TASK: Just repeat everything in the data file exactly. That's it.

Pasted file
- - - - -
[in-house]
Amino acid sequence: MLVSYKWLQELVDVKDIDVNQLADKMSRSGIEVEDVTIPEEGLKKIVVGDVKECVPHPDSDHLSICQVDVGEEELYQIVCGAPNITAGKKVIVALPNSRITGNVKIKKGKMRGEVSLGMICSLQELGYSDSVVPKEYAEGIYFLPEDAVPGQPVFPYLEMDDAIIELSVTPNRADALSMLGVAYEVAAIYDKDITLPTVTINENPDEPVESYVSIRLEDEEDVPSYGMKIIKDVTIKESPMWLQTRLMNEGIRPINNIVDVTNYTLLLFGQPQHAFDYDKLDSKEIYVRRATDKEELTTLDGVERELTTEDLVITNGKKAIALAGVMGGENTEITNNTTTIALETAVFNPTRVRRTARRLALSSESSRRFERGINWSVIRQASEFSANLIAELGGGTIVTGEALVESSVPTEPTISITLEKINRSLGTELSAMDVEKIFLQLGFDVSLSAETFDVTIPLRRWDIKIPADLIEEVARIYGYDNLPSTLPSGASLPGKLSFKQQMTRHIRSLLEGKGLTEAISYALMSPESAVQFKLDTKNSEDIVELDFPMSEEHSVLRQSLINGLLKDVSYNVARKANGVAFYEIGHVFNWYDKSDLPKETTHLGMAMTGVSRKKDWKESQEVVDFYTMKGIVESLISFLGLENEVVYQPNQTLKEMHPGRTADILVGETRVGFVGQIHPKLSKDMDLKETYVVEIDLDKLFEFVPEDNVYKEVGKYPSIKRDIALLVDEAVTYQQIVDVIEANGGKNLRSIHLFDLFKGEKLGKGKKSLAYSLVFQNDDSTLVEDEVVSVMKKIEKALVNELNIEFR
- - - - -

[in-house]
Amino acid sequence: MLVSYKWLQELVDVKDIDVNQLADKMSRSGIEVEDVTIPEEGLKKIVVGDVKECVPHPDSDHLSICQVDVGEEELYQIVCGAPNITAGKKVIVALPNSRITGNVKIKKGKMRGEVSLGMICSLQELGYSDSVVPKEYAEGIYFLPEDAVPGQPVFPYLEMDDAIIELSVTPNRADALSMLGVAYEVAAIYDKDITLPTVTINENPDEPVESYVSIRLEDEEDVPSYGMKIIKDVTIKESPMWLQTRLMNEGIRPINNIVDVTNYTLLLFGQPQHAFDYDKLDSKEIYVRRATDKEELTTLDGVERELTTEDLVITNGKKAIALAGVMGGENTEITNNTTTIALETAVFNPTRVRRTARRLALSSESSRRFERGINWSVIRQASEFSANLIAELGGGTIVTGEALVESSVPTEPTISITLEKINRSLGTELSAMDVEKIFLQLGFDVSLSAETFDVTIPLRRWDIKIPADLIEEVARIYGYDNLPSTLPSGASLPGKLSFKQQMTRHIRSLLEGKGLTEAISYALMSPESAVQFKLDTKNSEDIVELDFPMSEEHSVLRQSLINGLLKDVSYNVARKANGVAFYEIGHVFNWYDKSDLPKETTHLGMAMTGVSRKKDWKESQEVVDFYTMKGIVESLISFLGLENEVVYQPNQTLKEMHPGRTADILVGETRVGFVGQIHPKLSKDMDLKETYVVEIDLDKLFEFVPEDNVYKEVGKYPSIKRDIALLVDEAVTYQQIVDVIEANGGKNLRSIHLFDLFKGEKLGKGKKSLAYSLVFQNDDSTLVEDEVVSVMKKIEKALVNELNIEFR